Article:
The = 0 after the declaration of withdrawal() indicates that the programmer does not intend to define this function. The declaration is a placeholder for the subclasses. The subclasses of Account are expected to override this function with a concrete function. The programmer must provide an implementation for each member function not declared pure virtual.
I think this notation is silly, and I don’t like it any more than you do. But it’s here to stay, so you just have to learn to live with it. There is a reason, if not exactly a justification, for this notation. Every virtual function must have an entry in a special table. This entry contains the address of the function. Presumably, at least at one time, the entry for a pure virtual function was 0. In any case, it's the syntax we're stuck with now.
An abstract class cannot be instanced with an object; that is, you can’t make an object out of an abstract class. For example, the following declaration is not legal:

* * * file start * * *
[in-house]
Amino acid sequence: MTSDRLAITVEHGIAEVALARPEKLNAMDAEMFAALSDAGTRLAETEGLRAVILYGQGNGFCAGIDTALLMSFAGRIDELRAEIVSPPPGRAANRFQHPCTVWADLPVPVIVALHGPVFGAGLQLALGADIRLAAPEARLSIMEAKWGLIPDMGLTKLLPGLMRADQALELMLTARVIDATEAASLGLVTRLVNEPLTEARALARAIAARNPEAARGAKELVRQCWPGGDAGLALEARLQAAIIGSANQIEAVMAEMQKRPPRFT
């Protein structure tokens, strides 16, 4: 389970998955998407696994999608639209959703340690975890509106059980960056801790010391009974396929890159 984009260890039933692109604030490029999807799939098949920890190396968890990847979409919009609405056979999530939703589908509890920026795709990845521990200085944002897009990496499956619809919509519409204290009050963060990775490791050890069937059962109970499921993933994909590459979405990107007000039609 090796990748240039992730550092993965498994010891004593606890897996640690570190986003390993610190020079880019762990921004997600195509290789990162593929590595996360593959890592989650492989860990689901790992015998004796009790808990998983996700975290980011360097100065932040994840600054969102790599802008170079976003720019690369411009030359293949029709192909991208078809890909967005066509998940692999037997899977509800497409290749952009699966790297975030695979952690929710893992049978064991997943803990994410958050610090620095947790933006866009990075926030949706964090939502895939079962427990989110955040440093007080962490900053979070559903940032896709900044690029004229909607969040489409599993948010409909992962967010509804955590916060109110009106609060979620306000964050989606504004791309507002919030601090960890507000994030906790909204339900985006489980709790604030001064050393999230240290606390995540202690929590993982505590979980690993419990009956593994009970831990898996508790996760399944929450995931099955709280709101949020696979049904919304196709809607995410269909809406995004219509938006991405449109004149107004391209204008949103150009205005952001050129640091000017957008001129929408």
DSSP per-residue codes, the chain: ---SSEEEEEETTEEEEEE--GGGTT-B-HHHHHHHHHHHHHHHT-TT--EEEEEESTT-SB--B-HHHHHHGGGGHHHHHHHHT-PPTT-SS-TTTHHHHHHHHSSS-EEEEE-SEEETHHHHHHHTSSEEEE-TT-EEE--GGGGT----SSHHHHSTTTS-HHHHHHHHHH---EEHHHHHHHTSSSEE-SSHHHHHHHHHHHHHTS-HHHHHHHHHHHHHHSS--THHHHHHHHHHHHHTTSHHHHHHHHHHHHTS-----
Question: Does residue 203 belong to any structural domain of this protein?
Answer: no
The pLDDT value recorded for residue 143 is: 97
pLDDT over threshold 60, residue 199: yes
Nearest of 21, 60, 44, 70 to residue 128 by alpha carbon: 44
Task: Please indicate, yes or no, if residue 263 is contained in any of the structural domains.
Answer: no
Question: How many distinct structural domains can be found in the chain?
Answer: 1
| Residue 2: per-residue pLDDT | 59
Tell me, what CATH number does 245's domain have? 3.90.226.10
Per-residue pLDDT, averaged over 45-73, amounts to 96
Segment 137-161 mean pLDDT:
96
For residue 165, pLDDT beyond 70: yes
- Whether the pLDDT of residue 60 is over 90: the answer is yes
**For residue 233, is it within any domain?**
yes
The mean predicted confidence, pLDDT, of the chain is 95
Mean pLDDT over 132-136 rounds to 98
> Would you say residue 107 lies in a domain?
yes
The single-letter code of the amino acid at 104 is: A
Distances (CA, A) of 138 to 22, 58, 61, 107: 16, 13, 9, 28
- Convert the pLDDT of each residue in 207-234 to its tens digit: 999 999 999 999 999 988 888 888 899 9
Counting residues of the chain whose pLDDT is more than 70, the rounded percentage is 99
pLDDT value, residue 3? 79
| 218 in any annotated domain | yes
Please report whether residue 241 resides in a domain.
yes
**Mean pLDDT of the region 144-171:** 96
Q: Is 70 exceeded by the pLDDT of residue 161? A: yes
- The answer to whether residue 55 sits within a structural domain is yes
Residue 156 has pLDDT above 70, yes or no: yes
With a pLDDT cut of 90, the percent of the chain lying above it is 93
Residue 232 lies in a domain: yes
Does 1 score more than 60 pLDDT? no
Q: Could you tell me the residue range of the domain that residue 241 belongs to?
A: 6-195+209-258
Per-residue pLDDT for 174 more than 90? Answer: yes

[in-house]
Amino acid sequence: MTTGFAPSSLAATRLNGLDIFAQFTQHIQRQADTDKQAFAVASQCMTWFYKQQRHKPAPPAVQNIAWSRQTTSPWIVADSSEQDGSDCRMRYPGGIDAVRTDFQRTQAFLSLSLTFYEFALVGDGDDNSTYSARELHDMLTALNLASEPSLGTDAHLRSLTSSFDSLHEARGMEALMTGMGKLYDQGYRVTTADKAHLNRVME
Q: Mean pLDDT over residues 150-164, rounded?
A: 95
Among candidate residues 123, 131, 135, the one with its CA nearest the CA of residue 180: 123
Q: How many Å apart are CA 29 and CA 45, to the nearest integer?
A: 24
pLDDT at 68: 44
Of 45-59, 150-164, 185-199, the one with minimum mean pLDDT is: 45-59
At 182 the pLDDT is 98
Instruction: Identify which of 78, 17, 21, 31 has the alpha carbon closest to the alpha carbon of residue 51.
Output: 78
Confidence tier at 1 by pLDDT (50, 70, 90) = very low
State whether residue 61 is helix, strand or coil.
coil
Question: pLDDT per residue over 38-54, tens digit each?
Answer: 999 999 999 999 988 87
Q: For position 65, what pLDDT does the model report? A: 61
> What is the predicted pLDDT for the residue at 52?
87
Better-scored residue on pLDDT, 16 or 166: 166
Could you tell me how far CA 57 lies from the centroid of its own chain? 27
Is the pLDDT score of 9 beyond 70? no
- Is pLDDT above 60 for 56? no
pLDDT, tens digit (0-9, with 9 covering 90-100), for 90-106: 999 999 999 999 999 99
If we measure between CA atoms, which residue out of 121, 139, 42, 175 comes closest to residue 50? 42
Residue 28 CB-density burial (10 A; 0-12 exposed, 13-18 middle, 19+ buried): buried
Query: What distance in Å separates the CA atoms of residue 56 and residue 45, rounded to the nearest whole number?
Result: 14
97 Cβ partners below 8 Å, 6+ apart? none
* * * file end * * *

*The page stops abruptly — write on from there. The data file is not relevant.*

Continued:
void fn( )
// declare an account with 100 dollars
Account acnt(1234, 100.00);// this is not legal
acnt.withdrawal(50); // what would you expect
} // this call to do?
If the declaration were allowed, the resulting object would be incomplete, lacking in some capability. For example, what should the preceding call do? Remember, there is no Account::withdrawal().
Abstract classes serve as base classes for other classes. An Account contains all the properties associated with a generic bank account. You can create other types of bank accounts by inheriting from Account.
The technical term is to instantiate. We say that the Account class cannot be instantiated with an object or a given object instantiates the Savings class.
Making an honest class out of an abstract class
The subclass of an abstract class remains abstract until all pure virtual functions have been overridden. The class Savings is not abstract because it overrides the pure virtual function withdrawal() with a perfectly good definition. The class Savings knows how to perform withdrawal()when called on to do so. So does the class Checking, even if the answer is different. Neither class is virtual because the function withdrawal() overrides the pure virtual function in the base class.